EU maritime capacity-building in the Horn of Africa
Since 2015, the mission has adapted its mandate to better reflect local needs: it no longer treats piracy as a crime in isolation, but supports the development of maritime civilian law enforcement authorities and their operational capabilities.
Image: photo by Tahir Turk
About the research
In 2012, the EU launched EUCAP Nestor, civilian mission mandated to support maritime security capacities in five states in the Horn of Africa and West Indian Ocean: Djibouti, Kenya, Seychelles, Somalia and Tanzania. The mission was intended to contribute to a lasting solution to the problem of piracy onshore and provide an exit strategy for naval anti-piracy operations at sea. Following an Interim Strategic Review in 2015, the mission shifted its focus from training to strategic level mentoring and advising, and phased out its activities in Djibouti, Seychelles, Tanzania, and Kenya and focused on Somalia.
In December 2016, the mission was renamed ‘EUCAP Somalia’. The EU gave it a broader civilian maritime security mandate that does not focus only on piracy, but also other maritime challenges, including illegal, unreported and unregulated fishing and human or arms trafficking. It also expanded its activities from training local people to fight against piracy, to developing Somali maritime and law enforcement governance, institutions and operational capabilities.
This policy briefing outlines key lessons learned from EUCAP Nestor experience to date and considers implications for future policy and practice.
If the EU wants to use EUCAP Somalia to make a discernable impact on Somali maritime security capacity it should:
- focus on long-term capacity building rather than the swift delivery of results;
- strengthen its focus on building local capacities to deal with maritime crimes other than piracy that matter more to Somalis (e.g. illegal, unreported and unregulated fishing, arms and human trafficking, and illegal waste dumping);
- consider providing hardware (such as boats) required by local authorities to fulfil their own roles countering maritime crime, together with appropriate training to use equipment, whilst also considering local absorption capacities;
- undertake local needs assessments and appropriate follow up activities are necessary if training on its own is to be relevant and have sustainable results;
- consider seconding additional advisors to meet the mission’s projected capacities, requirements and responsibilities;
- work to address high turnover rates amongst staff and experts; and
- work to facilitate greater in-country autonomy and flexibility in the work of the mission.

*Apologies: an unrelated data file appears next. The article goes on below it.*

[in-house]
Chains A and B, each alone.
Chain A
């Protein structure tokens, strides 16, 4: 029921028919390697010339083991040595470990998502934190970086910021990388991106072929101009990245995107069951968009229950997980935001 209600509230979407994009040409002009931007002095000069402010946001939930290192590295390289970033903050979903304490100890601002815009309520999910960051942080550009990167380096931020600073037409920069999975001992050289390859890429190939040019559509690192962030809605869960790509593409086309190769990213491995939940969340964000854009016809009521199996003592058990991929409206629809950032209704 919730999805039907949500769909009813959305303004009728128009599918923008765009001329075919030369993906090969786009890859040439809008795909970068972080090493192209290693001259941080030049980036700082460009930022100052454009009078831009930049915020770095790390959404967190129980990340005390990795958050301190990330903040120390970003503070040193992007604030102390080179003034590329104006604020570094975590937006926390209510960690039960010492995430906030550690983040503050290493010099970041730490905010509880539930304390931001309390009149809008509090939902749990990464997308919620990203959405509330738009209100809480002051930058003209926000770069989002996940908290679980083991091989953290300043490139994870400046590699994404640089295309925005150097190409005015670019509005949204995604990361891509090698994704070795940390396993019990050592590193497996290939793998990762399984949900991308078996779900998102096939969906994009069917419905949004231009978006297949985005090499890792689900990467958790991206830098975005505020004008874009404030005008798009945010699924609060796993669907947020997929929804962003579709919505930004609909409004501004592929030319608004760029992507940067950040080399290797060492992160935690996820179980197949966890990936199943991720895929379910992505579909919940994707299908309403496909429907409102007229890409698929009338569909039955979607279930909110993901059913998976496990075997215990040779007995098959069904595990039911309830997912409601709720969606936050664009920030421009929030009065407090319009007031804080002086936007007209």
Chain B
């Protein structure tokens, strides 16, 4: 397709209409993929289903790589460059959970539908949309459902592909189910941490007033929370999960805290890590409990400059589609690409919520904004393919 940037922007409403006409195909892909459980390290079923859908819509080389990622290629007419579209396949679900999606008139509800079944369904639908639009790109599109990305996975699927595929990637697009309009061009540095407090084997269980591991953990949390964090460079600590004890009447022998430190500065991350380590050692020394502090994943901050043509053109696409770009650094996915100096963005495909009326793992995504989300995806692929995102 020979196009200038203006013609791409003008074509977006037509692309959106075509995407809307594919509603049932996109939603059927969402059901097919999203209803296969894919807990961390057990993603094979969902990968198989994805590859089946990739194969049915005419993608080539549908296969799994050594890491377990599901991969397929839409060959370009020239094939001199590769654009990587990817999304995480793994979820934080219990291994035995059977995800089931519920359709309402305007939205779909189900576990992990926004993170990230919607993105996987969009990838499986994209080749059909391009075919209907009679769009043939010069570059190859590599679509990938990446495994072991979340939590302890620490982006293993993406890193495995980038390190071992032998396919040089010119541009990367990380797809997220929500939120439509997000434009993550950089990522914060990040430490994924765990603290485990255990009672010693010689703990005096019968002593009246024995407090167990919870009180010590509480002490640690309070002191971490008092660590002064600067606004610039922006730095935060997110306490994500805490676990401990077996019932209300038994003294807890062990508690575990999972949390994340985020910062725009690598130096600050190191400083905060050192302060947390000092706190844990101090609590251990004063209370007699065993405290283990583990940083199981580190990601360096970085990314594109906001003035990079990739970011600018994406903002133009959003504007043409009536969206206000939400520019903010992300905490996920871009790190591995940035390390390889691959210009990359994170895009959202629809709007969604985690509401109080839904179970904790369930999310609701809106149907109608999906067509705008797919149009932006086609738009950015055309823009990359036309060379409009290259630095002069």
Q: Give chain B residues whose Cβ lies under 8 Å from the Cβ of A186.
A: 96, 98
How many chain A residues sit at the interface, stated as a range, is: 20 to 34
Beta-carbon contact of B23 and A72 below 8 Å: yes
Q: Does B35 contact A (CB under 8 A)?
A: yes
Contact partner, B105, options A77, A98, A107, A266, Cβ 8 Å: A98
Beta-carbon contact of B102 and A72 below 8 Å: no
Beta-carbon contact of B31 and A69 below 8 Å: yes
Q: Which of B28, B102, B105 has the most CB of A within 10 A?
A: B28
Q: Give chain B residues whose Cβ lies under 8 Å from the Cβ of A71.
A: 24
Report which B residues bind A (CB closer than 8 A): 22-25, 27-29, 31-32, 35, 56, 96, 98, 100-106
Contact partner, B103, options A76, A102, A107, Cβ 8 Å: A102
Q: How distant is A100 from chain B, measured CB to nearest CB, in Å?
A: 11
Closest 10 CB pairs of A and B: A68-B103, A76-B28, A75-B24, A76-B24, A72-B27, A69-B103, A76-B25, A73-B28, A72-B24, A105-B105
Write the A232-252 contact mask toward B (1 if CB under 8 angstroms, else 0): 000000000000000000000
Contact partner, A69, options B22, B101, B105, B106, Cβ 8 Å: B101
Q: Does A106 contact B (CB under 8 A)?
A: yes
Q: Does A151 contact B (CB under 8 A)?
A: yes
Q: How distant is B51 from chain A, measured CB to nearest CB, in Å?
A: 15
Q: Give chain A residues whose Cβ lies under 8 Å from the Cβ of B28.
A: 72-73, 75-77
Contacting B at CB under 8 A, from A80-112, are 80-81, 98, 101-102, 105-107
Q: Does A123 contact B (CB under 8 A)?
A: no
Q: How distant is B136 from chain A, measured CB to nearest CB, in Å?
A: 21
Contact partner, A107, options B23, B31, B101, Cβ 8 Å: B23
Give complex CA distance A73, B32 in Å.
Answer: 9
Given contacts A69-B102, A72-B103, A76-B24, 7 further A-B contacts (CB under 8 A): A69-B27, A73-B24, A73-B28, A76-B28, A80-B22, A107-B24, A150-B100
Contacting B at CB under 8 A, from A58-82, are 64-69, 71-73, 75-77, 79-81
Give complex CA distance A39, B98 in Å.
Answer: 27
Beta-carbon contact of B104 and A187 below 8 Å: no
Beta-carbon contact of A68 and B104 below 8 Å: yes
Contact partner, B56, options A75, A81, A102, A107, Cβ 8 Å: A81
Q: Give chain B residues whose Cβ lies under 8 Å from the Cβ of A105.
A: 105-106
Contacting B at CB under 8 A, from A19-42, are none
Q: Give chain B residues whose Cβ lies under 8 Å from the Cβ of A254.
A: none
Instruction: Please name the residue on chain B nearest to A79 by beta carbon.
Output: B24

- The fact-finding and technical assessment missions that preceded deployment were short and incomplete, producing a mission mandate difficult to implement.
- The ambition of the initial mandate was such that it required greater resources than were provided to be realistically achievable.
- The mission has had to work with fewer advisors than envisaged due to fewer secondments from member states than expected and a high turnover of existing staff.
- The mission has struggled with the issue of ‘local ownership’ throughout (except in Seychelles), with limited buy-in from host states into its objectives and their lack of willingness to cooperate amongst themselves.
- Local authorities have tended to prioritise the need for hardware, such as boats and coastguard infrastructure, while the EU mission has focused predominantly on ‘soft’ capacity building, such as advice and training.
- Centralised direction of mission activities by the EU has undermined efforts to be flexible in the face of local circumstances, and to achieve local ownership.
- EU member states and local stakeholders have looked for quick results pegged to the mission’s two-yearly mandate extension and yearly budget approval cycle.
- Since 2015, the EU has adapted EUCAP’s mandate to better reflect local needs: it no longer treats piracy as a crime in isolation, but supports the development of maritime civilian law enforcement authorities and their operational capabilities.
- The renaming of the mission ‘EUCAP Somalia’ has been controversial, and was opposed by the breakaway region of Somaliland. A solution was found to use the name EUCAP.
- Ejdus, Filip, “Here is your mission, now own it!” The rhetoric and practice of local ownership in EU interventions”, European Security, doi: 10.1080/09662839.2017.1333495. Article published online 6 June 2017
- EU Council decision 2012/389/ CFSP of 16 July 2012 on the European Union Mission on Regional Maritime Capacity Building in the Horn of Africa (EUCAP NESTOR)
- EU Council Decision 2016/2240/ CFSP of 12 December 2016 amending Decision 2012/389/CFSP on the European Union Mission on Regional Maritime Capacity Building in the Horn of Africa (EUCAP NESTOR)
- Tejpar, Johan and Kristina Zetterlund, “EUCAP Nestor: Trying to steer out the doldrums”, FOI, October 2013
More information about the project is available at: http://bit.ly/2kRt936
This project received funding from the European Union’s Horizon 2020 research and innovation programme under the Marie Skłodowska-Curie grant agreement No 656971
Policy Briefing 45: July 2017
Contact the researchers
Filip Ejdus, Marie Curie Fellow, University of Bristol:
Dr Filip Ejdus, Marie Curie Fellow, University of Bristol